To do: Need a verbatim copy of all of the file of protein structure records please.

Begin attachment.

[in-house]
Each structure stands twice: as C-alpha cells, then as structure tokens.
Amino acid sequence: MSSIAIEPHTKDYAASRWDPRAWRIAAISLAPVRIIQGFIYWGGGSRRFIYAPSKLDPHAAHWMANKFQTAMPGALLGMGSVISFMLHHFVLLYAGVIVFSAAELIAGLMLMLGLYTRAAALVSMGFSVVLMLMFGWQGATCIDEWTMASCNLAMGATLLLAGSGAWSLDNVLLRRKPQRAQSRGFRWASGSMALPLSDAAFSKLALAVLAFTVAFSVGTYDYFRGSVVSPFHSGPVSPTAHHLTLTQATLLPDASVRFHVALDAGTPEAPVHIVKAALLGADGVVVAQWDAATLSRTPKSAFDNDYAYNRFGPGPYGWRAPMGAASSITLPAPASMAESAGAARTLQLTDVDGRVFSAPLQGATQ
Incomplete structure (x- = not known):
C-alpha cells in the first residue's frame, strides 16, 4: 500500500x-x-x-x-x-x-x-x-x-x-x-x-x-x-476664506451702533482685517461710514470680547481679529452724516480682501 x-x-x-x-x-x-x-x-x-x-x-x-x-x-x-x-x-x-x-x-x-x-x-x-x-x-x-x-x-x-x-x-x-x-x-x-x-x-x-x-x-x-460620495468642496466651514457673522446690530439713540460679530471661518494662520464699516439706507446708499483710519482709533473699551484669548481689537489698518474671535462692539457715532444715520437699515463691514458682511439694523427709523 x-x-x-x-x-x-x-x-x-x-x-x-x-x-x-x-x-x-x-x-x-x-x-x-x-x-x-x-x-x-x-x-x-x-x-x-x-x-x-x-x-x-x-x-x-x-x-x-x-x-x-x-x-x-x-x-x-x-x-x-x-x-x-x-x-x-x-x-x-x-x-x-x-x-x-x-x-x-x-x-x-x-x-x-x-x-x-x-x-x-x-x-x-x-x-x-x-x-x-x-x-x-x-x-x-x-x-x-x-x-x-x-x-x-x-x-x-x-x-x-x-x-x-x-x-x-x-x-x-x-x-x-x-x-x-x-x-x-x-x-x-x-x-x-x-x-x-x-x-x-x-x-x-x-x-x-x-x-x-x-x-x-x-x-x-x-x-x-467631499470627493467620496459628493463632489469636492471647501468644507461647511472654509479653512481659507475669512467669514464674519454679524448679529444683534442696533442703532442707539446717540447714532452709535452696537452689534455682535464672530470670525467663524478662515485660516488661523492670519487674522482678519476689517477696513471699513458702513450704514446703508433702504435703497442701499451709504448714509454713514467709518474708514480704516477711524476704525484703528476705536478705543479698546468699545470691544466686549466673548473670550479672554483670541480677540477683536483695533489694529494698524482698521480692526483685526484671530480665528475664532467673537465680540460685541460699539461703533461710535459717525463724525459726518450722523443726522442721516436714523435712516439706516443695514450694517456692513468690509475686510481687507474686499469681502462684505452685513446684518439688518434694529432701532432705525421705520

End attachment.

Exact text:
[in-house]
Each structure stands twice: as C-alpha cells, then as structure tokens.
Amino acid sequence: MSSIAIEPHTKDYAASRWDPRAWRIAAISLAPVRIIQGFIYWGGGSRRFIYAPSKLDPHAAHWMANKFQTAMPGALLGMGSVISFMLHHFVLLYAGVIVFSAAELIAGLMLMLGLYTRAAALVSMGFSVVLMLMFGWQGATCIDEWTMASCNLAMGATLLLAGSGAWSLDNVLLRRKPQRAQSRGFRWASGSMALPLSDAAFSKLALAVLAFTVAFSVGTYDYFRGSVVSPFHSGPVSPTAHHLTLTQATLLPDASVRFHVALDAGTPEAPVHIVKAALLGADGVVVAQWDAATLSRTPKSAFDNDYAYNRFGPGPYGWRAPMGAASSITLPAPASMAESAGAARTLQLTDVDGRVFSAPLQGATQ
Incomplete structure (x- = not known):
C-alpha cells in the first residue's frame, strides 16, 4: 500500500x-x-x-x-x-x-x-x-x-x-x-x-x-x-476664506451702533482685517461710514470680547481679529452724516480682501 x-x-x-x-x-x-x-x-x-x-x-x-x-x-x-x-x-x-x-x-x-x-x-x-x-x-x-x-x-x-x-x-x-x-x-x-x-x-x-x-x-x-460620495468642496466651514457673522446690530439713540460679530471661518494662520464699516439706507446708499483710519482709533473699551484669548481689537489698518474671535462692539457715532444715520437699515463691514458682511439694523427709523 x-x-x-x-x-x-x-x-x-x-x-x-x-x-x-x-x-x-x-x-x-x-x-x-x-x-x-x-x-x-x-x-x-x-x-x-x-x-x-x-x-x-x-x-x-x-x-x-x-x-x-x-x-x-x-x-x-x-x-x-x-x-x-x-x-x-x-x-x-x-x-x-x-x-x-x-x-x-x-x-x-x-x-x-x-x-x-x-x-x-x-x-x-x-x-x-x-x-x-x-x-x-x-x-x-x-x-x-x-x-x-x-x-x-x-x-x-x-x-x-x-x-x-x-x-x-x-x-x-x-x-x-x-x-x-x-x-x-x-x-x-x-x-x-x-x-x-x-x-x-x-x-x-x-x-x-x-x-x-x-x-x-x-x-x-x-x-x-467631499470627493467620496459628493463632489469636492471647501468644507461647511472654509479653512481659507475669512467669514464674519454679524448679529444683534442696533442703532442707539446717540447714532452709535452696537452689534455682535464672530470670525467663524478662515485660516488661523492670519487674522482678519476689517477696513471699513458702513450704514446703508433702504435703497442701499451709504448714509454713514467709518474708514480704516477711524476704525484703528476705536478705543479698546468699545470691544466686549466673548473670550479672554483670541480677540477683536483695533489694529494698524482698521480692526483685526484671530480665528475664532467673537465680540460685541460699539461703533461710535459717525463724525459726518450722523443726522442721516436714523435712516439706516443695514450694517456692513468690509475686510481687507474686499469681502462684505452685513446684518439688518434694529432701532432705525421705520